Tom Hardy Says He Has 'Less Reason to Work' After Shifting Priorities During Pandemic
By Zach Seemayer
Tom Hardy has a new outlook on his future. The actor is getting candid about his shifting priorities amid fatherhood, the pandemic and his successful career.
Hardy, 43, recently sat down for a sprawling and thoughtful interview with Esquire UK, where he revealed that he feels he's got less of a single-minded drive for acting and showbusiness than he once did. This burgeoning feeling was made all the more prominent as his priorities shifted during the pandemic and subsequent lockdowns.
"I didn’t pay much attention to structure and discipline as a kid, but without it now, being a father, I’m lost," Hardy, a father of three, shared. "I had an opportunity to observe the world and my own behaviours and how I lived my life and what’s important and what isn’t."
During the pandemic -- which Hardy said was filled largely with “15-minute workouts in the garden, home-schooling and making sourdough" -- he came to a conclusion about where he wants to focus his attention.
"I think there’s less reason to work, ultimately, because the life-drive is to be with the kids and to be fit and healthy and eat well and stuff," Hardy said. "If you’ve got a roof over your head and a bed underneath you and food in the fridge, how much is enough? Because it’s not a dress rehearsal, life, is it? It’s going out live. This is one-time."
That being said, Hardy is still in what he calls his "engine-room years" or the "children and death-tax years."
"While you’ve still got arms and a functioning body then you go, you grind. Till the kids leave home," he said. "Then maybe my wages will be significantly lower, but acting will probably still be there for me. And I can still play parts. So who knows? You might see me do some horrendous romcoms. And never see me again."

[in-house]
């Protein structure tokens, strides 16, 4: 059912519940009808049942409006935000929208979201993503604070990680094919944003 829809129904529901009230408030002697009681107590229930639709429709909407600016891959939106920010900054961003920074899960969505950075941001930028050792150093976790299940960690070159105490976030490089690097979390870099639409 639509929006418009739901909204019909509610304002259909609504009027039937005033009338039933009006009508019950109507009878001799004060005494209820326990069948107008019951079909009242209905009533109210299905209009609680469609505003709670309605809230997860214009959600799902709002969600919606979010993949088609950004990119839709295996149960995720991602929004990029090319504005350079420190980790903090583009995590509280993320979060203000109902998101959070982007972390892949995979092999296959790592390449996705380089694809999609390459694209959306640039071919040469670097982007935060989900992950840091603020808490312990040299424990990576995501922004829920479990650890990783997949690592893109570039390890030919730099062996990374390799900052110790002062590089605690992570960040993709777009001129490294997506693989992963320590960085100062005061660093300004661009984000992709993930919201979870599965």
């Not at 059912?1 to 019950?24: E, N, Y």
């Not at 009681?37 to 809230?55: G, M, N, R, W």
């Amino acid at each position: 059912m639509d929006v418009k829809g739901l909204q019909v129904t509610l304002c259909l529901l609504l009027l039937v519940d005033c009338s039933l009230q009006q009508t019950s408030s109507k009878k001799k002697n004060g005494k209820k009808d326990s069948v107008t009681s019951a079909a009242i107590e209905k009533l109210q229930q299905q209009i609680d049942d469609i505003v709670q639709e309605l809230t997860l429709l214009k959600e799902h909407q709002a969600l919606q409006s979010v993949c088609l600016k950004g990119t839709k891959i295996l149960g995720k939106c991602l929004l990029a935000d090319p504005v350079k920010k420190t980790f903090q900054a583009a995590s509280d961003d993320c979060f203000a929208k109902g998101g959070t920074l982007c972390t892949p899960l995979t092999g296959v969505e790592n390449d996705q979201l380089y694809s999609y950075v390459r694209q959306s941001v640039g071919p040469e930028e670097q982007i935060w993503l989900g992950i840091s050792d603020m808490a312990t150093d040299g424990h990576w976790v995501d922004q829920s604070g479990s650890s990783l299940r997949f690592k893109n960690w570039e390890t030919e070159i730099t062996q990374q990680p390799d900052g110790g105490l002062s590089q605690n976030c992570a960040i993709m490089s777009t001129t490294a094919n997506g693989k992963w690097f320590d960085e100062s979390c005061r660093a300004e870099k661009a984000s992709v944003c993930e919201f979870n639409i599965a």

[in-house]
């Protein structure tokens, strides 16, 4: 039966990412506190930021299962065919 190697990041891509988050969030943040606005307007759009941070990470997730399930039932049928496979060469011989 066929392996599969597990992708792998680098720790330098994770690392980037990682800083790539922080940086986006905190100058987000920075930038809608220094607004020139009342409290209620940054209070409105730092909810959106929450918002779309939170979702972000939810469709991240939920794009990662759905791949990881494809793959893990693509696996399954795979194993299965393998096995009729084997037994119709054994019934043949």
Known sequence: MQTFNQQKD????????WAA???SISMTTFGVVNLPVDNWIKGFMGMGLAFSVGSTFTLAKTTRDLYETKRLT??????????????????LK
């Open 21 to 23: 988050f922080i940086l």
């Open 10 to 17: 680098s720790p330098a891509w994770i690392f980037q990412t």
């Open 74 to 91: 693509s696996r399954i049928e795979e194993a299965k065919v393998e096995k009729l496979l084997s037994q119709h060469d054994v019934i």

"I’m not so worried to disappear now," the actor explained. "When I was a youngster you had to be heard, otherwise you’d be invisible. Once you’ve established yourself you can stop making that much noise. Because you’re here now, what are you going to do? And what is enough? What do you need? What do my family need?"
This reconsideration of his priorities seemingly extends to his interest in what roles he'd like to take on in the future.
"I spent a lot of time fighting the concept of ‘grown-up’. I think all the baddies and all those sorts of ‘grrrr’ characters that I’ve played, I’m not that. The whole acting thing has been kind of peacock-ish, counter to what I am," Hardy said. "What’s most indelible on my memory are things that are shocking or scary so it’s very easy to mimic them. It’s actually much harder to mimic things that are soft and nice and intimate if you don’t grow up in that way... Now I’m getting older these things are becoming less scary."
That being said, Hardy is still very much in the midst of playing these so-called "grrr" characters in splashy, big budget films -- including the hotly anticipated Venom: Let There Be Carnage, which is set to hit theaters Sept. 24.